What is a Wake?
Wakes are rooted in Catholic tradition and are separate ceremonies to the funeral service. Wakes are used in order to pay respect to the deceased in a more informal setting than the funeral. The format of a wake allows for friends and family to gather casually, converse and oftentimes listen to music. A wake has very little structure and is seen as a more organic form of celebration than the traditional funeral.
Wakes are similar to what may also be called a ‘watch’ or a vigil: their prime function is to pay (oftentimes ritualistic) tribute to the dead. This is usually performed prior to the funeral service, and happens in the home or the family’s home of the deceased traditionally, with the body present. Modern wakes may occur in a funeral home, or in an outside area.
Wakes Throughout History
Throughout history, we have seen many types of wake ceremonies. Originally practiced among Roman Catholics, particularly seen in Ireland today, has now evolved as funeral rites have altered alongside modernization. Commonly among traditions, wakes are designed to allow attendees to express their emotions in an unsubdued manner; demonstrating the disrupting effect a death has on a society and its citizens’ daily expressions.
The Irish Wake
In many instances, Roman Catholic Irish communities still hold wakes the evening before a funeral. The Irish wake involves the gathering of friends and family and the subsequent consumption of food and drinks throughout the evening. Irish wakes are characteristically lively; typically consisting of singing songs, playing music and drunkenness. The tone of the wake is generally a mixture of joyousness and sadness.
The Irish wake is said to be an expression not only against a single circumstance (the death of a loved one) but also a retaliation against the order of things; against the sociopolitical landscape.
The American (USA) Wake
American wakes were similar to Irish wakes, as they arose from the gradual immigration of the Irish to the United States. Yet, these wakes were not to signify the death of a person; they were held the night before one was to emigrate, in mourning of their departure.
American wakes were a symptom of the Irish famine of the 1840s and 50s, which prompted many to flee from the poverty of Ireland into the United States. The American wake, then, was a means to grieve the metaphorical death of one’s Irish identity and of their physical presence among the family.
The Modern Wake
In modern times, the wake has been reformed as an alternative or supplementary celebration to a funeral service. For some, secularizing the wake has been a means to mark the death of a loved one in a non-religious way.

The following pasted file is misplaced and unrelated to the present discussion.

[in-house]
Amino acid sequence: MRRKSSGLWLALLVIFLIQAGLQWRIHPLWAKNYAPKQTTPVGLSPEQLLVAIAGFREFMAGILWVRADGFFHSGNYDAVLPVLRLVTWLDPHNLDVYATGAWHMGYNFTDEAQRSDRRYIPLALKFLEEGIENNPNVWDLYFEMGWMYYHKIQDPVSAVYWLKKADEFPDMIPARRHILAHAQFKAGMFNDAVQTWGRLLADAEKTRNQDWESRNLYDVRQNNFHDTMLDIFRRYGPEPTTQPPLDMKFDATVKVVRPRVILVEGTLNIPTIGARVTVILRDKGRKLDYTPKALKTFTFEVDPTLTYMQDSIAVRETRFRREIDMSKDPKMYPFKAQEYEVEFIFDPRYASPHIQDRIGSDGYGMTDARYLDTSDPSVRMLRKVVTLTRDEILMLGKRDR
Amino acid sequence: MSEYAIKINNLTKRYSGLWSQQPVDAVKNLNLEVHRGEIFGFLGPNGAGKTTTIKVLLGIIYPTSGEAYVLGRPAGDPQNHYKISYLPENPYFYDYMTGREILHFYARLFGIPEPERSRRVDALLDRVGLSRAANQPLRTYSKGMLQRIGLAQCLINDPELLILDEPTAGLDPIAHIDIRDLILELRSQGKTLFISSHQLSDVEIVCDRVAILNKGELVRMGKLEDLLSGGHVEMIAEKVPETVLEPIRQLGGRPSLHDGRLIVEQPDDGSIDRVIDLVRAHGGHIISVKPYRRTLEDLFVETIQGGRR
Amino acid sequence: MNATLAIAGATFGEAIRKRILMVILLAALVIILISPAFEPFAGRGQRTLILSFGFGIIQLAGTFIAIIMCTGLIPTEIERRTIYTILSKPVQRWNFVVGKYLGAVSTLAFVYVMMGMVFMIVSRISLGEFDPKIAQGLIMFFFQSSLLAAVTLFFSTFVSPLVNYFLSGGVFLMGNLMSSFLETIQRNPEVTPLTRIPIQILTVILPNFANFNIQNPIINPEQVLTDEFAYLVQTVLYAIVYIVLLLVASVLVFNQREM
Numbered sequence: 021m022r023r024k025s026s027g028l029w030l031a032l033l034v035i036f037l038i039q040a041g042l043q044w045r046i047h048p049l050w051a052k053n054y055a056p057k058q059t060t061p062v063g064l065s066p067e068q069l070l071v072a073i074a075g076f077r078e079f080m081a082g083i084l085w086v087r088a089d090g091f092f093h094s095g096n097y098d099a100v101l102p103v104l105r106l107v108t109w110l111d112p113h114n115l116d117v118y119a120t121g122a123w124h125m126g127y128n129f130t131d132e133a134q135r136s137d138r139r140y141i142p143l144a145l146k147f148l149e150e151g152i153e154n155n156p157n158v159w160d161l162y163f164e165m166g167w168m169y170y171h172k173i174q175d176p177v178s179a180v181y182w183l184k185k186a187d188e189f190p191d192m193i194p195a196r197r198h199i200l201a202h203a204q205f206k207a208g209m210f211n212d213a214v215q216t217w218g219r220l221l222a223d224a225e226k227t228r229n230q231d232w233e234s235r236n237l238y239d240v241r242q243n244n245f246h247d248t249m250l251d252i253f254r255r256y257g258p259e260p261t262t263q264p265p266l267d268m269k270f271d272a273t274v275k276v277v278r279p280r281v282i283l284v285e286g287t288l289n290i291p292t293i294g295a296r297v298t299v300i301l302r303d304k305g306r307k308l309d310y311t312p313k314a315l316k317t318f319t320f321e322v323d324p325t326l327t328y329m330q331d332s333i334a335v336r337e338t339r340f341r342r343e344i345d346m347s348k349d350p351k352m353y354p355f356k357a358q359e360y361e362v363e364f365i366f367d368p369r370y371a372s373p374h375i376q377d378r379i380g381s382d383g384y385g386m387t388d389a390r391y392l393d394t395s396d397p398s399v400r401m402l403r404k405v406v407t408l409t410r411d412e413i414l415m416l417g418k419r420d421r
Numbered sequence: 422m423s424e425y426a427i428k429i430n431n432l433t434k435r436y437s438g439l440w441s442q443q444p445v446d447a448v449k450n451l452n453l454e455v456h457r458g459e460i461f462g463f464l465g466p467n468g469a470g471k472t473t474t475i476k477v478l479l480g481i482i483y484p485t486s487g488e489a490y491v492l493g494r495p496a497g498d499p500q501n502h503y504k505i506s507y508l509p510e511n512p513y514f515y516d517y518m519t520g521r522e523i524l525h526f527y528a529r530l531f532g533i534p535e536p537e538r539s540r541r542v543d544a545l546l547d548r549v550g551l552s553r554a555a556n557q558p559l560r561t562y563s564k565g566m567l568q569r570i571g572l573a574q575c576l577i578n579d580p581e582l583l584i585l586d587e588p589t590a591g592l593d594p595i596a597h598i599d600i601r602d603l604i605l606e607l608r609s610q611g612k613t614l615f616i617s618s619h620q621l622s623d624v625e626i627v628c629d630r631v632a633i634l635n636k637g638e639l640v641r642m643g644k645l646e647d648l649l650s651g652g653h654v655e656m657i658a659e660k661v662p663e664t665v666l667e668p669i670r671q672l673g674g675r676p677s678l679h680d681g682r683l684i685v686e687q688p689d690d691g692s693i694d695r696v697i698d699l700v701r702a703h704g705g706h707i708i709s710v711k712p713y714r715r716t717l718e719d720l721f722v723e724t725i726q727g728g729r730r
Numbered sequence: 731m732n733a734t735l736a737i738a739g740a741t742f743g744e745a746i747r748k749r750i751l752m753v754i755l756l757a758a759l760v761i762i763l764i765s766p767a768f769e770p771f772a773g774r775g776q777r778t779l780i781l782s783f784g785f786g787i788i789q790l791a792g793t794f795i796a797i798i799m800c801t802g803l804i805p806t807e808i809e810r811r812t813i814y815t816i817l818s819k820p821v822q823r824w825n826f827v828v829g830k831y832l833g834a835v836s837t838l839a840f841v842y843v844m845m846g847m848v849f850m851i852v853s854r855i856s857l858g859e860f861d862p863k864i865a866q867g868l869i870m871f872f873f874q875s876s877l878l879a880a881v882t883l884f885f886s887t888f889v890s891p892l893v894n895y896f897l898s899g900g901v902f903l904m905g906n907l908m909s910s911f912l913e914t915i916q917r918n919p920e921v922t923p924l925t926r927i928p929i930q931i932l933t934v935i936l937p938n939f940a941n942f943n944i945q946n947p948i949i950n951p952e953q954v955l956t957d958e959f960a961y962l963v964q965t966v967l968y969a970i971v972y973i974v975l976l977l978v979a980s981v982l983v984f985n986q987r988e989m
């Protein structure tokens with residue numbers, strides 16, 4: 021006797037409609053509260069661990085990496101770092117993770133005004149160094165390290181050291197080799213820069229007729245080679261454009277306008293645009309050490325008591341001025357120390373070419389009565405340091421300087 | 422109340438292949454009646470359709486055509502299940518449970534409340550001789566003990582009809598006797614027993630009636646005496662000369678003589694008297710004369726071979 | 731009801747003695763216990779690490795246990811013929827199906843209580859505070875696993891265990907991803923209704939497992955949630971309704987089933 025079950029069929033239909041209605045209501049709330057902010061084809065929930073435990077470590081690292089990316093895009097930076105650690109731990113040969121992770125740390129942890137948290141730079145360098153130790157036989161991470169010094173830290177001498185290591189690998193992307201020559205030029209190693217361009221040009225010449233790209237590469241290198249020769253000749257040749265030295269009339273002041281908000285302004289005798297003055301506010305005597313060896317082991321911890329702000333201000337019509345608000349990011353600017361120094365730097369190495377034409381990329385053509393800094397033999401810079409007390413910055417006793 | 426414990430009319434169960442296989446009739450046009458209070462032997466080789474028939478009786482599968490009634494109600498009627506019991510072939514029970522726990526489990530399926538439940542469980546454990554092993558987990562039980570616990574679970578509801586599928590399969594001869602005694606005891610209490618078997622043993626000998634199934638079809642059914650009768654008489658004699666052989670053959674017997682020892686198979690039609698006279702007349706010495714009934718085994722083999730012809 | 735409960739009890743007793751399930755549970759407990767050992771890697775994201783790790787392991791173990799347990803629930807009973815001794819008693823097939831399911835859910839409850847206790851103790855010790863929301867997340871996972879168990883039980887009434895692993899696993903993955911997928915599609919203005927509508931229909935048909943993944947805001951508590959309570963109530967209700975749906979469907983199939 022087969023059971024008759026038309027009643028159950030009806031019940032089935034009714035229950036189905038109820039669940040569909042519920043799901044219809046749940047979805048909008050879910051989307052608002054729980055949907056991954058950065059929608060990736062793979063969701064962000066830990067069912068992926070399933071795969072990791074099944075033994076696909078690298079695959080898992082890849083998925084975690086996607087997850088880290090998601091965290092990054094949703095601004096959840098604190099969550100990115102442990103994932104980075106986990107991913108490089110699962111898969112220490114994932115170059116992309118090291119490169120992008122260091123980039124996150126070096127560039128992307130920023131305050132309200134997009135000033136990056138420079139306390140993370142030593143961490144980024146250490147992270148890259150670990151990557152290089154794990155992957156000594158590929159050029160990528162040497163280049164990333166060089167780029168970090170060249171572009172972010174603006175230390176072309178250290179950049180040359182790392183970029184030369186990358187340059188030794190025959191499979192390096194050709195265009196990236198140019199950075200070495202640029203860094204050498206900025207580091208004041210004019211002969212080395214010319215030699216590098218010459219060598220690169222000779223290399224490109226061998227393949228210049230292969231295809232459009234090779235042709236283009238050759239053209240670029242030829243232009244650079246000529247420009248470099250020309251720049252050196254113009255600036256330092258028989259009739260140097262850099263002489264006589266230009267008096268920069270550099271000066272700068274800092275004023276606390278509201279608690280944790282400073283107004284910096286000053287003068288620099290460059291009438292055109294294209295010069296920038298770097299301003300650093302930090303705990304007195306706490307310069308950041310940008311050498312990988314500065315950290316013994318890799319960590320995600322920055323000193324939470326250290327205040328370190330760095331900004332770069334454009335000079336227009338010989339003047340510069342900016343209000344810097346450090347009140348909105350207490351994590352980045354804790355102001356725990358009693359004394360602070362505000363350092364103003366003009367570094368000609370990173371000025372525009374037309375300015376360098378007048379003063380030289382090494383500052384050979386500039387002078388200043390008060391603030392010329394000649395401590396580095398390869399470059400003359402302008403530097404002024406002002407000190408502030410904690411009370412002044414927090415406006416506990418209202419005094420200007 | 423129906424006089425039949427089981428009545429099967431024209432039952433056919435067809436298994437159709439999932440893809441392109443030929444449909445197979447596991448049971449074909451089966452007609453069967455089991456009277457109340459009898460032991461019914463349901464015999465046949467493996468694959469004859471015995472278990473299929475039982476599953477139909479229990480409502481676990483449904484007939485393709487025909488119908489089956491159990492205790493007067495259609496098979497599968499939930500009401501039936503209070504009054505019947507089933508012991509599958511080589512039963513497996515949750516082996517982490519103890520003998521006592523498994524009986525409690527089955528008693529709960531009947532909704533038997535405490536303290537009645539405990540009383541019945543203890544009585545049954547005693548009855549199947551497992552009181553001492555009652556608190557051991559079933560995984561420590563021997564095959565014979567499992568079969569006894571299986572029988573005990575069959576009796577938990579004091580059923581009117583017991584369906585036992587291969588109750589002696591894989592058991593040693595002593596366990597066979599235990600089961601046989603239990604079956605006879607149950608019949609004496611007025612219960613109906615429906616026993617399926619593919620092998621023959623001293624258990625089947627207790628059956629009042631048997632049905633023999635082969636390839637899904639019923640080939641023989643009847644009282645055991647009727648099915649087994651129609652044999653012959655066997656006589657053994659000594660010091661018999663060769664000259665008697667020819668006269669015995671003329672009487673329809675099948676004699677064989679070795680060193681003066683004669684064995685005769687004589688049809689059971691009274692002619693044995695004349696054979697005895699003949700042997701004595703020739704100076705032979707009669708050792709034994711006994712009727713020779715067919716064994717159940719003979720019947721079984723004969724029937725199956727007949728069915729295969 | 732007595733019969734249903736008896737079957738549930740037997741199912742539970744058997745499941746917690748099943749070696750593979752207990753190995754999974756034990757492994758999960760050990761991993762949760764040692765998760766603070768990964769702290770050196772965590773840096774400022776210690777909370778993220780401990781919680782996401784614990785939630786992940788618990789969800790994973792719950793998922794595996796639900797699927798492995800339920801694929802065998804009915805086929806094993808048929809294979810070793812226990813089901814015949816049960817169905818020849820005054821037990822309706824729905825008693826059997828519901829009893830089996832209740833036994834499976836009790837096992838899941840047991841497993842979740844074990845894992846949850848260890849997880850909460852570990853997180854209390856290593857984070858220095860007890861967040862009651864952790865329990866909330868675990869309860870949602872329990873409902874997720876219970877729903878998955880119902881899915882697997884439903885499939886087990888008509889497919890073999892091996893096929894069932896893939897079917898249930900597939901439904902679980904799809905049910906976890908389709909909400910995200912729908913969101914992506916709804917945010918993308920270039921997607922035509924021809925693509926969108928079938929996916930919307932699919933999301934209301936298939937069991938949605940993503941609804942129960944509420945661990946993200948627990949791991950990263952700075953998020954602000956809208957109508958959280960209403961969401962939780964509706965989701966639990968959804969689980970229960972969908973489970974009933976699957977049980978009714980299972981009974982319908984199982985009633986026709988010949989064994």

A wake is first and foremost seen as a celebration of the life of the deceased. As is the case for traditional wakes, modern wakes tend to include eating, drinking and general merriness. The intent of the wake is to memorialize the joy and happiness the community felt having known the person passed.
Due to the casual, joyous tone of the modern wake, it is, for some, a good alternative to the formalities of the funeral service. Also, although wakes are rooted in religious tradition, their less-structured nature may lend their appeal to non-religious people. For others, the wake is a good additional service to hold before the formal funeral.
How to Organize a Wake
Unlike in the case of a funeral, where a great deal of planning needs to be put in place (click here for our guide to funeral planning), the informal nature of the wake lends itself to little planning and preparation.
You will need:
- A guest-list
- A venue
- Food and drink
The bare minimum that you will need to arrange will be who is invited; where the wake will be held; and what kind of refreshments you will be providing (if any). You might also want to ask your guests to come prepared with stories to share about the deceased, and perhaps some pictures they might have of them, too.
A great additional activity to encourage during a wake is to create a memory book for the family to keep hold of; all you need is a blank or lined book and a pen so that your guests can write their memories of the person passed throughout the day or evening. Allowing for guests to write down their memories allows for greater sharing, given that sharing verbally to a group can be emotionally taxing and at times difficult. Memory books allow for all members of the wake to get involved.
If you wish for the body to be present during the wake (perhaps in a casket or under some linen), additional preparation with the help of a professional will likely be required.
For more information on how to plan for a funeral and which provider can best help you, visit us at: perfectfuneralplans.com.